On Thursday, UK’s parcel delivery firm DPD stated, it would up its UK hiring to cater to growing consumer demand from online shopping created by the coronavirus pandemic.
In a statement DPD said, it would create 6,000 new UK-based jobs and ramp up its investment in infrastructure to meet the booming demand.
The development underscores a possible long term shift in consumer spending.
Demand for its services had risen even before the UK entered its coronavirus lockdown in March, said DPD and added, the trend continued even when consumer’s access to brick-and-mortar stores was restricted.
“We are experiencing the biggest boom in online retailing in the UK’s history,” said Dwain McDonald, Chief Executive of DPD UK. “We are making this unprecedented investment in our infrastructure and people to ensure we can continue to meet the high levels of demand for our services.”
As part of this process, DPD will create 2,500 new full-time jobs in positions including those in its depots and management; 3,500 new drivers are also being recruited.
DPD also aims to invest $250 million in its next-day delivery services.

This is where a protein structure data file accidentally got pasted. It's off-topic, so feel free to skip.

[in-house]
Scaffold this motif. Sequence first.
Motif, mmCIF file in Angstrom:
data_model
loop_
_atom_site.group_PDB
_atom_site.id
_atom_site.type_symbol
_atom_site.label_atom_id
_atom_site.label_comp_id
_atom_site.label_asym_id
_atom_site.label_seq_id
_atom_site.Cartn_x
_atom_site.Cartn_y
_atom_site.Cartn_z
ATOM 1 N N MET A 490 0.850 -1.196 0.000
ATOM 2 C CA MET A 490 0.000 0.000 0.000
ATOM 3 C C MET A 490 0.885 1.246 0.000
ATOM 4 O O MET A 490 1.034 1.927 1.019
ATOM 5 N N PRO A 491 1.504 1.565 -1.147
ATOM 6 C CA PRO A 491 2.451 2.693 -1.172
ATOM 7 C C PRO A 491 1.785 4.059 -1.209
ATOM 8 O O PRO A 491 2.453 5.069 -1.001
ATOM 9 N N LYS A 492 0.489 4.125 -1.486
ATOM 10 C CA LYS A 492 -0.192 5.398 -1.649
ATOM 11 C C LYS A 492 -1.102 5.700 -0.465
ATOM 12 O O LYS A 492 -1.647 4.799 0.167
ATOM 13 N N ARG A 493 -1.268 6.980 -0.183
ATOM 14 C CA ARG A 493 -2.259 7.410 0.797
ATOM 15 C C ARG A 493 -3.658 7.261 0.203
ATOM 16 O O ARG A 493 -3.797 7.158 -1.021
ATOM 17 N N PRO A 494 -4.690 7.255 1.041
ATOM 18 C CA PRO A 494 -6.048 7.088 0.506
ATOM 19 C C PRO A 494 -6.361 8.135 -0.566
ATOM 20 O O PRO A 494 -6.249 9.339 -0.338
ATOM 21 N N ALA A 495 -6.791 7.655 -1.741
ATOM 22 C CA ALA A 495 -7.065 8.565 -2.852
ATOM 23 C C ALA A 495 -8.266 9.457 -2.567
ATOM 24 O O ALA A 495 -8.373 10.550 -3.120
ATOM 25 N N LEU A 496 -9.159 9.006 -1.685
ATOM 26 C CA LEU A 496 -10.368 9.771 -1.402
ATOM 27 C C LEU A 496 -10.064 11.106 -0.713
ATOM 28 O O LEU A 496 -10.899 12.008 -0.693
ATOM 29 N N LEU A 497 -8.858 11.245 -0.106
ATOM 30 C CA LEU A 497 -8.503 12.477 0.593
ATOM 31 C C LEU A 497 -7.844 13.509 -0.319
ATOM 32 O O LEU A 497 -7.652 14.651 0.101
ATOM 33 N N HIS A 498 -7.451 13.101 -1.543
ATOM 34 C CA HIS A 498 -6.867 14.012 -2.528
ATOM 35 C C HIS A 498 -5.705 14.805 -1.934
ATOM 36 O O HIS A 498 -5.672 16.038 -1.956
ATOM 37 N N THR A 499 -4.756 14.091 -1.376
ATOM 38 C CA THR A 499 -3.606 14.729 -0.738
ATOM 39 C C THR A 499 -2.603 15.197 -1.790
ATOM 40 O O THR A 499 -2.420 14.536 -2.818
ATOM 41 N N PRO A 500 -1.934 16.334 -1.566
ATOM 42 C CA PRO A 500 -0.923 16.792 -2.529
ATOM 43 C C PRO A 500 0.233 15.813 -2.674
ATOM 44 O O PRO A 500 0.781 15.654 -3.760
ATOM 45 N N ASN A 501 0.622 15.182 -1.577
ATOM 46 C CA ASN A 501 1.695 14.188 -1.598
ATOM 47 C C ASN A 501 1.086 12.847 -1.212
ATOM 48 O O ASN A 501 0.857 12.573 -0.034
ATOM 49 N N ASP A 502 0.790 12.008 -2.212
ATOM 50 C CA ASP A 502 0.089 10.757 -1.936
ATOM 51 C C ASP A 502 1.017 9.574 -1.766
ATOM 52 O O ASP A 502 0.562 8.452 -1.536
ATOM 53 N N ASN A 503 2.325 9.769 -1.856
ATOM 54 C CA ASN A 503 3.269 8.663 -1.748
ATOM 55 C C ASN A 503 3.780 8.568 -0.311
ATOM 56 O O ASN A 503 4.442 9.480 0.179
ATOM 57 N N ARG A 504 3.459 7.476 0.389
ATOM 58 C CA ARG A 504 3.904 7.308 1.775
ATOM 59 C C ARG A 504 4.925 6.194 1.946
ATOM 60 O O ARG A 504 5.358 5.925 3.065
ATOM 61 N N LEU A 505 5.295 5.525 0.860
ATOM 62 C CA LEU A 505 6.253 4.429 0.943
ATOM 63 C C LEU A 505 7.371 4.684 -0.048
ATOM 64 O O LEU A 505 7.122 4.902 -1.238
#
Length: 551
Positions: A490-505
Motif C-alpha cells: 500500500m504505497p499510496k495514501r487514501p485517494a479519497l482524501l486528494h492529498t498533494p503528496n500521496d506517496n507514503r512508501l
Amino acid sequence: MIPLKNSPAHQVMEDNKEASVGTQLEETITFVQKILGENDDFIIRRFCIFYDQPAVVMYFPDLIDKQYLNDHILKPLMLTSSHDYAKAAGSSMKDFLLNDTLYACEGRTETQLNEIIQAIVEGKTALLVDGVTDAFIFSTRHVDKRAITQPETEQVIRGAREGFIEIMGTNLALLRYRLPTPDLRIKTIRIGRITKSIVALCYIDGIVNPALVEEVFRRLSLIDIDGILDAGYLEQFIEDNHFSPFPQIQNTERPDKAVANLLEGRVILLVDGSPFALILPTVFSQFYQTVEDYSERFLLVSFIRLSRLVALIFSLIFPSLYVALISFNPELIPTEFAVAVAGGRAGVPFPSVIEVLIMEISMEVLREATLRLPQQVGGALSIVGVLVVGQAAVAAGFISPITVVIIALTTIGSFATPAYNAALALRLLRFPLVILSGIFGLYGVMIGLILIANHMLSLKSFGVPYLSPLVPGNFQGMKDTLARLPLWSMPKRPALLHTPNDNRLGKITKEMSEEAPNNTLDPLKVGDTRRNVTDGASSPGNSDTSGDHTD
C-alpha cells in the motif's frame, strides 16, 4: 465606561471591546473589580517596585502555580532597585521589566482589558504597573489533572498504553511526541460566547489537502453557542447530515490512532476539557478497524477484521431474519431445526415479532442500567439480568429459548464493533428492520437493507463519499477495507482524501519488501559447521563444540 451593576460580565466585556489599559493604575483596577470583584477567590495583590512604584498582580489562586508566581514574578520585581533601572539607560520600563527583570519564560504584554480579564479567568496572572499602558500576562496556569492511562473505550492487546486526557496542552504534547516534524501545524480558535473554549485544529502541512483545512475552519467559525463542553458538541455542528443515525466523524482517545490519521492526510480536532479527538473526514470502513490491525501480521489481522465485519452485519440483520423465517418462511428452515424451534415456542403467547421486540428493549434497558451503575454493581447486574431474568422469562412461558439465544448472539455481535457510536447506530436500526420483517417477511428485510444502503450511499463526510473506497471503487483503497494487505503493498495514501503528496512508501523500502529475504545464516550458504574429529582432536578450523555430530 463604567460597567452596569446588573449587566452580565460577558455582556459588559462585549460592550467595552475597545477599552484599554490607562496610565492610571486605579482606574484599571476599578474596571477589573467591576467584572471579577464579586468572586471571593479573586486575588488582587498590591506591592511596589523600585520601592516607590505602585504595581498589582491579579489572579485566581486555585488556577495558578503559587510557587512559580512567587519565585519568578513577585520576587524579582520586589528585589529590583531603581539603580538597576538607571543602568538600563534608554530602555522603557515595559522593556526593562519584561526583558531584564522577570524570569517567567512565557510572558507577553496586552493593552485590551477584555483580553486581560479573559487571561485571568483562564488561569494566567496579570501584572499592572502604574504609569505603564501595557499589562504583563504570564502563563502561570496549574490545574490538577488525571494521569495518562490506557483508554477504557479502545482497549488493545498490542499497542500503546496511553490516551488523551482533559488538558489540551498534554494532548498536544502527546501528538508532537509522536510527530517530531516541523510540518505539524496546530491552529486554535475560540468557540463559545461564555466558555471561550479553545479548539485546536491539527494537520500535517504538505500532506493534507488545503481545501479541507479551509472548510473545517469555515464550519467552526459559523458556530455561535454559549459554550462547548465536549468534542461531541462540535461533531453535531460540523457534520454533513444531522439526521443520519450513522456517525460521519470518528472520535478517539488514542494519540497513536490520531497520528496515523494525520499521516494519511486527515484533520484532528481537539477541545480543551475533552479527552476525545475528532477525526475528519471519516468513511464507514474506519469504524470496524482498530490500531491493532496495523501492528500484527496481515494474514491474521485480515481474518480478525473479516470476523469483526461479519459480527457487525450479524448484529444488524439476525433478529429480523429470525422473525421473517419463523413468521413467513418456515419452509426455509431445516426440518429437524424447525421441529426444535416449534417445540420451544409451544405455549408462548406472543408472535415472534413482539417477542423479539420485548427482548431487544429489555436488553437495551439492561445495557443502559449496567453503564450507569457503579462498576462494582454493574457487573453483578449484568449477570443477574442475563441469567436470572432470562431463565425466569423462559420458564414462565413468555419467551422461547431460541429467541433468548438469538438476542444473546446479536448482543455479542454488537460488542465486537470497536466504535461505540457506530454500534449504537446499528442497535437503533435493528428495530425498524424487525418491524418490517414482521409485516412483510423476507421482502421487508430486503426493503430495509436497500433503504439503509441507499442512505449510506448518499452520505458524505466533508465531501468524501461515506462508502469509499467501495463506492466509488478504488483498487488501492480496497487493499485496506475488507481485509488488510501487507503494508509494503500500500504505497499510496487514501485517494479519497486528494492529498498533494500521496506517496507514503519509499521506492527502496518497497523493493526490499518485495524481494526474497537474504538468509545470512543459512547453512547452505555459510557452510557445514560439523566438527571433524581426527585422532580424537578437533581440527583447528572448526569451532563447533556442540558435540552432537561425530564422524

Parcel delivery is one of the few industries which is seeing growth during the economic maelstrom brought about by the coronavirus which emerged in Wuhan, China.
As a result of this pandemic, Britain’s economy shrank by a quarter over March and April with finance minister Rishi Sunak admitting that despite unprecedented measures adopted by the government to help mitigate disparities in workers’ wages during the lockdown, it will not be enough to avoid job losses.
A few companies however have managed to stay afloat despite the onslaught of the challenges thrown by this ‘Chinese export’ reflecting their core resilience; last week CityFibre, a broadband company said, it aims to create up to 10,000 new jobs over the next three years.
In a statement, DPD UK’s McDonald said, this online delivery boom is likely to be permanent and is likely to outlast the pandemic. Its insight is based on its conversations with retailers wherein it has noted a significant shift in consumer behaviour.
“It looks like there will remain a much greater reliance on e-commerce in the future – that’s going to be our ‘new normal,’” he said.